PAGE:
Can I keep the same SEP IRA Account now that I am an S-Corp?

I have a SEP IRA from being a sole proprietor. I recently incorporated, and I now want the S-Corp to contribute to a SEP on my behalf. Can I direct the
money into the same account, or do I have to open a new SEP account using the S-Corp's Tax ID? My accountant told me to ask my brokerage firm, and my brokerage firm told me to ask my accountant. So I am now asking the internet.
TIA
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You can keep the SEP, in fact you may be able to save more and rollover the old SEP into a Solo 401k where you put aside over 42k.

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My accountant told me to ask my brokerage firm, and my

I don't have the answer, but if I were in your position and my accountant couldn't answer this question, I'd be looking for a new accountant.
Elizabeth Richardson
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Elizabeth Richardson wrote:

The answer I give my clients is generally that there is no TAX reason why a single account can't be used, but some custodians have their own rules in this regard. Thus, you must contact the custodian in question to see if they have any special (non-tax-code-inspired) requirements.
If that's the answer that the accountant noted above gave in this case, then he gave "good" advice.
MTW
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Miss Livvy wrote:

Assuming that all of the money in the original account came from deductible contributions, and especially NOT from "conduit" rollovers, there is probably no TAX reason why you can't continue to use the same account. However, some custodians have their own rules on this.
MTW
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Miss Livvy wrote:

You may remember from opening your SEP IRA that there really are two pieces to it: the SEP itself, and your IRA.
You first adopt the pension plan on behalf of the employer sponsoring the plan, which is you, if you're self-employed. Most people use either the IRS model plan (IRS Form 5305-SEP) or a prototype plan from their custodian. If this step didn't make an impression it's because you basically signed a form and stuck it in a folder, that's about all there is to it.
After establishing the penion plan, you then opened a SEP-IRA that accepts the contributions. Really that's just an IRA but because it's contributed to under a SEP plan the annual contribution limits are higher. You opened that with some custodian and they coded it as a SEP so they wouldn't freak out if you deposited $10k in it. But again - really that's just an IRA, and you could use it for a traditional IRA contribution as well. These accounts aren't titled to the employer, but rather to the employee, and are fully vested right from the get-go.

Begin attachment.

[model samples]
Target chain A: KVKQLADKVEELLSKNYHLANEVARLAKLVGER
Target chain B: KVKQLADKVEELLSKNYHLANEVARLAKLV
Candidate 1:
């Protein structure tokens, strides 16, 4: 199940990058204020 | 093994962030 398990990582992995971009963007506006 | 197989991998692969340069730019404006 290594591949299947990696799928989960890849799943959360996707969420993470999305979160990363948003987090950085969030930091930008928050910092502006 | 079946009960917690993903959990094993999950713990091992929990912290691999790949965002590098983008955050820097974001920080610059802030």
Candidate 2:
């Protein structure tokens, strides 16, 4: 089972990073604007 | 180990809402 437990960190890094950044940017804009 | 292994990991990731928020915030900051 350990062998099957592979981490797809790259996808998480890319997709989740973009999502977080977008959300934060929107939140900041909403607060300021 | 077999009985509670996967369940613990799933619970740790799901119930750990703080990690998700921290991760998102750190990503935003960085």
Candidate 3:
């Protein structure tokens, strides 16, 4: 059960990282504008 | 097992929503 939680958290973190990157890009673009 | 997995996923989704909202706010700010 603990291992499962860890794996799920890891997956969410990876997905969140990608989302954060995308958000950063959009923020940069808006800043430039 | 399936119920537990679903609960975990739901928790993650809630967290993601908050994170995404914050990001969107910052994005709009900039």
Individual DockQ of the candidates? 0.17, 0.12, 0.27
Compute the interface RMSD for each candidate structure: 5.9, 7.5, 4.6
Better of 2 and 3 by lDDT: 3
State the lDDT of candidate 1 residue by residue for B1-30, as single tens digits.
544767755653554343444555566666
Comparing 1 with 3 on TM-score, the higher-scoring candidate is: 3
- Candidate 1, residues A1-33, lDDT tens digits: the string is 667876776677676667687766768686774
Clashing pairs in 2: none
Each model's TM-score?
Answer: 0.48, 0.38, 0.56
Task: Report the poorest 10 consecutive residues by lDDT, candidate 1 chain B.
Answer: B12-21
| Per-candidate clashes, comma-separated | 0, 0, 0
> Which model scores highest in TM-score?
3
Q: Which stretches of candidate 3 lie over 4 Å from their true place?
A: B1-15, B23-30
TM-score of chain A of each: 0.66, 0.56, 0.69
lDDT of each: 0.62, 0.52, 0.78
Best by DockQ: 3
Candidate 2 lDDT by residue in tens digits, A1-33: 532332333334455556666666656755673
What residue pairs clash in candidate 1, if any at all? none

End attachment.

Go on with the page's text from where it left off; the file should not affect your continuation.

With an S-corp you now have a new entity acting as employer, and you are its employee. An authorized individual of that entity will need to adopt a new SEP on behalf of that corporation. That could be as simple as again signing a form and sticking it in a folder (probably with a board resolution authorizing it). But at this point depending on why you went S-corp you should read the model plan over and make some decisions. If you have or plan to have employees then this might not be the plan you want to adopt, and you might not want to go with a SEP at all.
If you do adopt a new SEP, you probably don't need to open a new SEP IRA but you should confirm that with your custodian. With contributions coming now from the S-corp they no doubt need to at least be informed about the change. But it's still going to be essentially an IRA titled in your name.
Because you're looking at this anyway you might consider one of the solo 401k plans. I've been amazed how much these have been simplified in the past couple years. The contribution limits on them are higher than with a SEP and the old arguments about cost and complexity with 401ks have improved quite a bit. I know (thanks to a prior post on this group) that Fidelity offers plans at low or no cost, and there are others.
I highly recommend you take a few hours to read: Nolo Press, "Creating Your Own Retirement Plan" - www.nolo.com It does a great job of layout out the different plan options, and how they interact with your other retirement savings.
-Tad
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Thanks. When and how did I sign such a form? I have no record of it. To open my SEP account, I went on the Vanguard web site and opened an account. Then I put money in it, and reported it on my income taxes. In looking at the form on the IRS web site, it says not to file it with the IRS. So who needs a copy of it then besides me?
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